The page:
Monday, January 17, 2011

Take My Punchbowl......Please

I grew up in a world of yard sales and garage sales. My mother loved them. During my childhood we were constantly stopping at yard sales and rummaging through other people's "junk" looking for an item or two that, to us, would be a "treasure".

The love of yard sales was ingrained into my existence and  followed me into adulthood, much to my husband's dismay. Fridays, after dropping the boys off at school, would be spent following a well-laid out, specific grid of the best streets and neighborhoods in which I could get my yard sale "fix" in those few short hours. Even today, when we pass a yard sale, I get a tinge of excitement because I want a "fix". I am a self-professed yard sale junkie!

As much as I loved going to yard sales, I sometimes had to face the fact that I had collected too many "treasures" and had to clean out my burgeoning closets and cupboards and have a yard sale of my own.

Jim's "man-cave" would be converted into "Garage Sale Central" where every item would be inventoried, tagged, and prominently displayed for sale.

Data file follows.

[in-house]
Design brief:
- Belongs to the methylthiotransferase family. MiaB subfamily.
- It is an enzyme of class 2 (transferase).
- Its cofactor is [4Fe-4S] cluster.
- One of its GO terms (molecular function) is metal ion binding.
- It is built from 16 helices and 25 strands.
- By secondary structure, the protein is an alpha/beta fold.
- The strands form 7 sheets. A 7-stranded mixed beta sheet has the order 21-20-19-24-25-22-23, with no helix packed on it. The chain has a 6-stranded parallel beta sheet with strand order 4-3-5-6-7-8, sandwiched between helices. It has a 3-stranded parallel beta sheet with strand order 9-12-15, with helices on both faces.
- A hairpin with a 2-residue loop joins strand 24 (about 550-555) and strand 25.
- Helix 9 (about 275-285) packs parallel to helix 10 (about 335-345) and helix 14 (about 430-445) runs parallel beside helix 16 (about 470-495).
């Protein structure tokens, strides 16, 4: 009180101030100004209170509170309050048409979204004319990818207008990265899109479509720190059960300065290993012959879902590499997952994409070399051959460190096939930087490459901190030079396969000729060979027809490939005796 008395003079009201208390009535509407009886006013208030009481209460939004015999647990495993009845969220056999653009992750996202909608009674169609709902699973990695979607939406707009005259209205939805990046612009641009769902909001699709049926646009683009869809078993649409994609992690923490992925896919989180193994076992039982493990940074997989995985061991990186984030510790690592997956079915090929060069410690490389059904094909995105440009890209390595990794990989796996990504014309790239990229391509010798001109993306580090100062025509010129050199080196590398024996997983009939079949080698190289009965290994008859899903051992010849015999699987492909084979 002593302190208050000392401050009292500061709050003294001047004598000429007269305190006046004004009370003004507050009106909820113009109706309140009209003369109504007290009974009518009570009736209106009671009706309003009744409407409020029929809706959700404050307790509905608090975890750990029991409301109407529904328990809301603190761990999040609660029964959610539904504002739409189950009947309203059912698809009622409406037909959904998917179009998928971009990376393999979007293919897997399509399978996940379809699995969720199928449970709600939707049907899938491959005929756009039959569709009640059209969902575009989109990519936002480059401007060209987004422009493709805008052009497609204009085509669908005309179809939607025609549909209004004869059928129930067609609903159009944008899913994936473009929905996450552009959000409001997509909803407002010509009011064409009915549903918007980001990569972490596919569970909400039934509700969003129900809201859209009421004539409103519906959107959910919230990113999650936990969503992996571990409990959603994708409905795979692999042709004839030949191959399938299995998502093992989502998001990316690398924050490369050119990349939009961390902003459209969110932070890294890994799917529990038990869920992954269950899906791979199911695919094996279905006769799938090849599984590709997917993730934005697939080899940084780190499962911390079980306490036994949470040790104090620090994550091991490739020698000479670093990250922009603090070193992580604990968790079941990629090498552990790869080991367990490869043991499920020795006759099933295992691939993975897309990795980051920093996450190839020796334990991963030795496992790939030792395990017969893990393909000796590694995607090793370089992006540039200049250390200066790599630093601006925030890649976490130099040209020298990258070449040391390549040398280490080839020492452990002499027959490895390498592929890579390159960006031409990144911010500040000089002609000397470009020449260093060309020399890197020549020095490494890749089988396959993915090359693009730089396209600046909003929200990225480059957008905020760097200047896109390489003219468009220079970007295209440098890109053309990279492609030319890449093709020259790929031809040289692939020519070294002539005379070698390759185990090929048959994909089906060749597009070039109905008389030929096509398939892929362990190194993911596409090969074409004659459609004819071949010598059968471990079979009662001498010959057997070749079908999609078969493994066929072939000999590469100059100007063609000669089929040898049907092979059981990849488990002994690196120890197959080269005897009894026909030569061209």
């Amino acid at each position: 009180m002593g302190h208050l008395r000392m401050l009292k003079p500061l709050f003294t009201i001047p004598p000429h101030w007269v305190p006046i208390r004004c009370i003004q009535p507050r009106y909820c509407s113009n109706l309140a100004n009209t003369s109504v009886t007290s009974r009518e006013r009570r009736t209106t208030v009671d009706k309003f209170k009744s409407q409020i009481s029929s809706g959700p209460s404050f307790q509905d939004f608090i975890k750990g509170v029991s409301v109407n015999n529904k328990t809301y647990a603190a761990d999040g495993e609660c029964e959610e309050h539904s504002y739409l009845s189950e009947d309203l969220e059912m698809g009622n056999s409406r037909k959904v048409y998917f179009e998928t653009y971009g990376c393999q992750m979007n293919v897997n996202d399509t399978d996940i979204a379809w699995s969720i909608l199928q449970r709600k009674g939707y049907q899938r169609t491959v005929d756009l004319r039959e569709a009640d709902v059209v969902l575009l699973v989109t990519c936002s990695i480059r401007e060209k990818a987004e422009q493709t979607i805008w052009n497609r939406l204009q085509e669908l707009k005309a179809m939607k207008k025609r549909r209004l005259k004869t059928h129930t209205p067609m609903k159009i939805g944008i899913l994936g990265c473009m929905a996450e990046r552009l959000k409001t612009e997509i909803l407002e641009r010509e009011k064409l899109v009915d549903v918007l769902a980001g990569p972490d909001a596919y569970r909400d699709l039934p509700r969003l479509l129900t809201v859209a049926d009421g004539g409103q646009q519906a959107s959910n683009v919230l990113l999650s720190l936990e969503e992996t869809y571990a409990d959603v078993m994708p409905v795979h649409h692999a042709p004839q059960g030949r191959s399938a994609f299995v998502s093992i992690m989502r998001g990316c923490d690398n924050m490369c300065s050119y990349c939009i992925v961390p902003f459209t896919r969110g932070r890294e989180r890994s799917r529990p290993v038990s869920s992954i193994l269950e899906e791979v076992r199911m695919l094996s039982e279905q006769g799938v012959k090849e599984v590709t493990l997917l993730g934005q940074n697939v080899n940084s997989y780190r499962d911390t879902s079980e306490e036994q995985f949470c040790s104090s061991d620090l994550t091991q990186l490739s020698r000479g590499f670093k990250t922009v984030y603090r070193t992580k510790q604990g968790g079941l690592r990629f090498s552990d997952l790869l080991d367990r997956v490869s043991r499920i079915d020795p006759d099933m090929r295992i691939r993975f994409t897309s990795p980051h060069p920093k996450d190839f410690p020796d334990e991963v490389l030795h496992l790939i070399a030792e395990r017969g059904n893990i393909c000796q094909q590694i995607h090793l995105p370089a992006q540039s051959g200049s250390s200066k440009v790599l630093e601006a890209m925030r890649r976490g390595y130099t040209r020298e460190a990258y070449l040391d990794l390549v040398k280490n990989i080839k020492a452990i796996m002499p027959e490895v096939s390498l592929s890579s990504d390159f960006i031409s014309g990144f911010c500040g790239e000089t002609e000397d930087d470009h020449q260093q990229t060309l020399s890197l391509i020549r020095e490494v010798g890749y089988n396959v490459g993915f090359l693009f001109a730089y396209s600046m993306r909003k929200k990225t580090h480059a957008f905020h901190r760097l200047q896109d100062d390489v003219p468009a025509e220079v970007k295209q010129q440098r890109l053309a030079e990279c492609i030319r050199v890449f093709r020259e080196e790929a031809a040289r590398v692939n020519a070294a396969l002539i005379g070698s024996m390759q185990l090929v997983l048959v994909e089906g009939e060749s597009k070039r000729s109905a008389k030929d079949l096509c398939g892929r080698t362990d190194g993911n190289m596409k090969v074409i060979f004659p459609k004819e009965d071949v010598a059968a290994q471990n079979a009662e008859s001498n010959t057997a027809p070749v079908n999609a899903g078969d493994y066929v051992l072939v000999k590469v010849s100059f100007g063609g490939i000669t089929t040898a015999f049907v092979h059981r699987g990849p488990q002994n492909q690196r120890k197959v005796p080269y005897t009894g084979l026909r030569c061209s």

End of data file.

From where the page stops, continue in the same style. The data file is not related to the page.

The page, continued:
Now, the one aspect about any type of sale is the inevitable "price wars"; the seller's  belief that an item is worth one thing, while the prospective buyer believes they can get a better bargain.

I have never felt comfortable with this juncture of ANY sale; car, insurance, protective undercoating, oven mitts!!!

"Chewing down the price" is a practice I have never felt comfortable participating in; as buyer OR seller. I refuse to put myself in that position as a buyer and I generally will avoid the immediate area where anyone else is attempting to do so. And I certainly feel more than uncomfortable when somebody does it to me.

Already feeling uncomfortable with this seemingly acceptable practice, I was all-the-more uncomfortable when I was enlightened to the fact that "chewing down the price" was, in fact, also referred to "Jewing down the price" which obviously, is an offensive and stereotypical term. I expect that the "chewing" term is a spin-off of the latter, and therefore more acceptable in the eyes of those who utilize the term, perhaps unaware of the origin.

So, now I have even more reason to dislike price negotiations. Then one day, an experience brought things to light for me in a whole new way.

I was knee-deep in one of my yard sales and was doing a very good job at standing by the prices I had written on the stickers. If someone didn't want to pay me what I thought an item was worth, they had the option of simply returning said item to the table and they can move on to the next yard sale!

Towards the end of the day, there were a few shoppers left in my garage; in particular, an elderly woman and her care giver. Of  interest to this woman was my crystal punch bowl set. It was a  rather striking set with beautiful cuts in the crystal bowl and cups that would radiate rainbows of color when on display. I had marked the item at $10.00, which I felt was more than fair.